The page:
The day had to come at some point. I had expected him earlier.
A tattoo would be worse, I told myself when the teenager announced that she was going to the hairdresser the next day to get her hair colored.
Leni Klum had done it, emerged from mother Heidi's shadow and was chosen as a trendsetter by the fashion world with a new dark mane.
Since puberty got hold of our daughter, Wombi, shortly after her 13th birthday, we keep the windows closed so that the neighbors don't call the police. The pubescent is noisy and unpredictable when she's not sleeping or eating like a wombat - which luckily she often is.
The stories I am telling here – a journalist, 41, from Vienna, married to Olaf, 46 – are of course not about the puberty in my family. no They spring from my blooming imagination or come from other families. It's tough there - in the other families...
My daughter, who naturally has blond hair, decided to have her grandmother's hairdresser carry out the serious type change. A dear, round, elderly man with a dyed mustache who wields the three-weather taffeta can like a conductor. As if he wanted to implore each hair to stay where he blow-dried it.
"Do you think he's the right one?" I asked my daughter. "For starters, tinting would be better than coloring," I called after her.
Four hours later, a video call: "I think it's turned red! RED! Do you understand what I said?” The camera on her phone pans across a very dark red hairline. Hue: "Overripe Cherry"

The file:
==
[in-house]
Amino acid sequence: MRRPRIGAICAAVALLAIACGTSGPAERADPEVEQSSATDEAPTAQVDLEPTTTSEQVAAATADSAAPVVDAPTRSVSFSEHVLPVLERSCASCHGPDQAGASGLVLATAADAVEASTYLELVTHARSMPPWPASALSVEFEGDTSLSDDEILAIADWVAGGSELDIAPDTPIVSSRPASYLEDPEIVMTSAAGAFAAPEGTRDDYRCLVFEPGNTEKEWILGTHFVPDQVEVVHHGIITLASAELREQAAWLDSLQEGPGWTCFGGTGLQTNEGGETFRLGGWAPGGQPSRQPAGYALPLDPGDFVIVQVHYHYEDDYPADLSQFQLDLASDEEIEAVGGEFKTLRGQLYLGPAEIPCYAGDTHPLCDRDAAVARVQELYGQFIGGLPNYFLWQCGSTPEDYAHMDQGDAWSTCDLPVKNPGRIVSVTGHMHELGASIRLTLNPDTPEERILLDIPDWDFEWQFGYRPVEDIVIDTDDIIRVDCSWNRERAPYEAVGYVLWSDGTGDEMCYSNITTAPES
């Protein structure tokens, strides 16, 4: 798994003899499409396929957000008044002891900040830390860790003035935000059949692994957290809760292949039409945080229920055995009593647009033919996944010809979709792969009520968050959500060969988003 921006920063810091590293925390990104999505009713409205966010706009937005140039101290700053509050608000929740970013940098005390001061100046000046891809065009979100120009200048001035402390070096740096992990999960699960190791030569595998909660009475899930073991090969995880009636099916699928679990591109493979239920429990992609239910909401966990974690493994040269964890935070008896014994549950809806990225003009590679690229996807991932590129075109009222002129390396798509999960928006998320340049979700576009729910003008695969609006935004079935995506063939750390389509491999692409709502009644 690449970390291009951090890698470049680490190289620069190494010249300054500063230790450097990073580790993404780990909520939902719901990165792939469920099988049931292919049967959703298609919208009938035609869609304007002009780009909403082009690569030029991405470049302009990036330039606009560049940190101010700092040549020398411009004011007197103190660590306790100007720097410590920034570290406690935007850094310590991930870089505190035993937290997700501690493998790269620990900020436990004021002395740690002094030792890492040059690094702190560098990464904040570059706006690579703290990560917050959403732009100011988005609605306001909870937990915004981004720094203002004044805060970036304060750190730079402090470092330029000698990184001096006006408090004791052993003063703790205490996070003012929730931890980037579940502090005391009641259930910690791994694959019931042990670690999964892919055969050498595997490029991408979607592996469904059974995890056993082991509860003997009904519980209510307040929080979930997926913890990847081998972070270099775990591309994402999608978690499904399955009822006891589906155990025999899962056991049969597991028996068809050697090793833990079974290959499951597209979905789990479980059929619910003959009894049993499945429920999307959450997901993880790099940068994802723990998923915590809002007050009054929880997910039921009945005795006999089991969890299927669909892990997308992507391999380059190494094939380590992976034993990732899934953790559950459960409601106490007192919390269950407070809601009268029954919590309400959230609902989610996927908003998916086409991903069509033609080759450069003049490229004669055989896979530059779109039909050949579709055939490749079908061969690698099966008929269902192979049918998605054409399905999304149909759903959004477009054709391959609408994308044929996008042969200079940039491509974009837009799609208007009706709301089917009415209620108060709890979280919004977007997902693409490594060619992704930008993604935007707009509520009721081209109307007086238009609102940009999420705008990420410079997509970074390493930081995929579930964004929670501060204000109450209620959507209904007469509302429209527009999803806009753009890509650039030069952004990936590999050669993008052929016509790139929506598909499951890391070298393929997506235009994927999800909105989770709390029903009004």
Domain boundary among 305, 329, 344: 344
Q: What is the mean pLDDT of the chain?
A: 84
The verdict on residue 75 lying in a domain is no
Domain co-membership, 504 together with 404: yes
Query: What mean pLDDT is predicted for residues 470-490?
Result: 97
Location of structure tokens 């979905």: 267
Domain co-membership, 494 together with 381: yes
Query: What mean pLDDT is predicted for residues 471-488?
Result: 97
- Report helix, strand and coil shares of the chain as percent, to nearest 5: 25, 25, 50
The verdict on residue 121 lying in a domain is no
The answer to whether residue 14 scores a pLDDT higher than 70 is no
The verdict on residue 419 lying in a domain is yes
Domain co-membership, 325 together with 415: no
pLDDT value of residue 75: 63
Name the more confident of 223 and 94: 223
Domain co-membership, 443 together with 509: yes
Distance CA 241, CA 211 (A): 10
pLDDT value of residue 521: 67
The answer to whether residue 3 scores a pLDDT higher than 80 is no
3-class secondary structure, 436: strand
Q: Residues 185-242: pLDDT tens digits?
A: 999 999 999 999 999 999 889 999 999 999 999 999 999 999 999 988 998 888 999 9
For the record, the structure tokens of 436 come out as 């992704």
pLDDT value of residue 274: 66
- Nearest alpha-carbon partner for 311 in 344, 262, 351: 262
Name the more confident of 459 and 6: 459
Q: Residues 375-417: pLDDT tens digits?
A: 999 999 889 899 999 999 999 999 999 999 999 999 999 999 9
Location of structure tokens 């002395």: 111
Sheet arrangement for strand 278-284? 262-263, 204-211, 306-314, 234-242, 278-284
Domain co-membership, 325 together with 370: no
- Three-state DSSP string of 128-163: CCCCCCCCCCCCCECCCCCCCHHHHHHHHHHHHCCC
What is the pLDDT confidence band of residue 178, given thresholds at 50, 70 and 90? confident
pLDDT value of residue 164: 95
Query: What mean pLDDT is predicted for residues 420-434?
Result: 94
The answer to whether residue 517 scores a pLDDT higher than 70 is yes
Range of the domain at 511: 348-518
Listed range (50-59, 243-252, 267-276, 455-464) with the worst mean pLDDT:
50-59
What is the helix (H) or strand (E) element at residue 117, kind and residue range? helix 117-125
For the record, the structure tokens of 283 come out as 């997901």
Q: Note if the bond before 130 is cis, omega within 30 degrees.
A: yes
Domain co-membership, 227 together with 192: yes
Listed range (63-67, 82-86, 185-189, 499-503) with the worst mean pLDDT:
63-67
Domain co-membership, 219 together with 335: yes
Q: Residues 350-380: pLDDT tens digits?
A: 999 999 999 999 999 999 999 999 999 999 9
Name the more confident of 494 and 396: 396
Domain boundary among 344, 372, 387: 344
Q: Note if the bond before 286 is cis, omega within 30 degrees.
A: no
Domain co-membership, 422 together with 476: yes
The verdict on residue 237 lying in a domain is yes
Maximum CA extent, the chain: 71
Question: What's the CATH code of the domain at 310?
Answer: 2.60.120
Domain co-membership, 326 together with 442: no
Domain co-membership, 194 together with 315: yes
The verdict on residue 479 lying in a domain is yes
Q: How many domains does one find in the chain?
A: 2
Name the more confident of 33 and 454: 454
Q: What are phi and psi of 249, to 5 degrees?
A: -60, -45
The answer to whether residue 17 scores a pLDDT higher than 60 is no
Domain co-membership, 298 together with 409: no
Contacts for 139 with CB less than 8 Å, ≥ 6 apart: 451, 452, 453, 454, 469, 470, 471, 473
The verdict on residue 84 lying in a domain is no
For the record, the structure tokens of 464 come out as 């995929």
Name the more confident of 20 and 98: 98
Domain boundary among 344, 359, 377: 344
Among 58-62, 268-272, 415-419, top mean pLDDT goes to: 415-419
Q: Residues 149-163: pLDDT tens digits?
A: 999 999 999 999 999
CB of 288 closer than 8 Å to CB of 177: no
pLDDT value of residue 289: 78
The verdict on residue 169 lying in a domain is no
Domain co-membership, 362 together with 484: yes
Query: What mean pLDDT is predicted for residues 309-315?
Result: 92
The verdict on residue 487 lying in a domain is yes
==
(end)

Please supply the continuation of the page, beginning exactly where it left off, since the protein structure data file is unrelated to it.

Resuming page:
"What should I do now?" she asked me.
"Did you want it red?" I asked. A completely wrong question, as I found out immediately. "Do you really think I wanted it that way? OF COURSE NOT!"
"Well, it's something different for once," I said, "and with a tint, the color washes out quickly."
"It's not a tint. He said it didn't work with my hair and that we better do it right now."
"O...kay," I said, "then go back and tell him you don't like it."
"But that's really bad. He'll be offended," she objected.
"Look, it's your head. If you want to walk around like a punk vampire bride for the next few months, don't.”
"Very uplifting!" she snorted and hung up.
Two hours later another call. "It's better now," she said, sounding unconvinced. "By the way, thank you for telling Nonni (grandmother) that I wasn't happy with the color of my hair. That was so embarrassing.”
What happened? My mother called the salon while her granddaughter was still there and made a fuss. The short, round hairdresser had been heartbroken that he had screwed up. His son, a hair-cutting prodigy, a color artist and master-level tailor who takes weeks to queue for an appointment, was brought in to study the botched color. "Off topic," he said succinctly when he compared the photo that the teenager had taken as a template with the result. The new repaired color was less red and more black.
"Next time," he said, "you better make an appointment with me."
The short, plump hairdresser was devastated and returned the money to the teenager.
At home I was already waiting, examining and praising the colour, spanning from Snow White to Liz Taylor. Everything was just turning for the better when Olaf came in the door.
He saw his daughter and said, "Ha, that's a great color for Halloween tomorrow. Looks totally real. Very cool. Are you going as a vampire?”